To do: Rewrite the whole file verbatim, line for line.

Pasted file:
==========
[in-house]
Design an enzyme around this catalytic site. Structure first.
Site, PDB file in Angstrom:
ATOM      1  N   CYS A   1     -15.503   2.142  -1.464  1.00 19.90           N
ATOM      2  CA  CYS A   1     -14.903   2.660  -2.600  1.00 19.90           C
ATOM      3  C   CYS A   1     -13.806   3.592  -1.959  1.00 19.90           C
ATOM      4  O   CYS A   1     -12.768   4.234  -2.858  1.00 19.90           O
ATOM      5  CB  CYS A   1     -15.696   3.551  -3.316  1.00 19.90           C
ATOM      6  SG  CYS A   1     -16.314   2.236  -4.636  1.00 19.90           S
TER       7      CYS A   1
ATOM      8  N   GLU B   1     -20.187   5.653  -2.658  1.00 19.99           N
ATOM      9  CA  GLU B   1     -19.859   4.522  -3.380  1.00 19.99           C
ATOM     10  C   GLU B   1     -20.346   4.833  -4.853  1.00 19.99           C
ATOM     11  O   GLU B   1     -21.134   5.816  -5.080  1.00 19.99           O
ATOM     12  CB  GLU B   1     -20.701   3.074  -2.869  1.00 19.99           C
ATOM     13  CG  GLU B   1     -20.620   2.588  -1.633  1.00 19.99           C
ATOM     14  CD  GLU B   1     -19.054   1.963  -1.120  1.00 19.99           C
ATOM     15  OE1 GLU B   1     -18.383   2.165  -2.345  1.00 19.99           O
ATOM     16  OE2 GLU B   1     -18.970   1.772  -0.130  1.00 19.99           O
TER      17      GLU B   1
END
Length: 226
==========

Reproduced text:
[in-house]
Design an enzyme around this catalytic site. Structure first.
Site, PDB file in Angstrom:
ATOM      1  N   CYS A   1     -15.503   2.142  -1.464  1.00 19.90           N
ATOM      2  CA  CYS A   1     -14.903   2.660  -2.600  1.00 19.90           C
ATOM      3  C   CYS A   1     -13.806   3.592  -1.959  1.00 19.90           C
ATOM      4  O   CYS A   1     -12.768   4.234  -2.858  1.00 19.90           O
ATOM      5  CB  CYS A   1     -15.696   3.551  -3.316  1.00 19.90           C
ATOM      6  SG  CYS A   1     -16.314   2.236  -4.636  1.00 19.90           S
TER       7      CYS A   1
ATOM      8  N   GLU B   1     -20.187   5.653  -2.658  1.00 19.99           N
ATOM      9  CA  GLU B   1     -19.859   4.522  -3.380  1.00 19.99           C
ATOM     10  C   GLU B   1     -20.346   4.833  -4.853  1.00 19.99           C
ATOM     11  O   GLU B   1     -21.134   5.816  -5.080  1.00 19.99           O
ATOM     12  CB  GLU B   1     -20.701   3.074  -2.869  1.00 19.99           C
ATOM     13  CG  GLU B   1     -20.620   2.588  -1.633  1.00 19.99           C
ATOM     14  CD  GLU B   1     -19.054   1.963  -1.120  1.00 19.99           C
ATOM     15  OE1 GLU B   1     -18.383   2.165  -2.345  1.00 19.99           O
ATOM     16  OE2 GLU B   1     -18.970   1.772  -0.130  1.00 19.99           O
TER      17      GLU B   1
END
Length: 226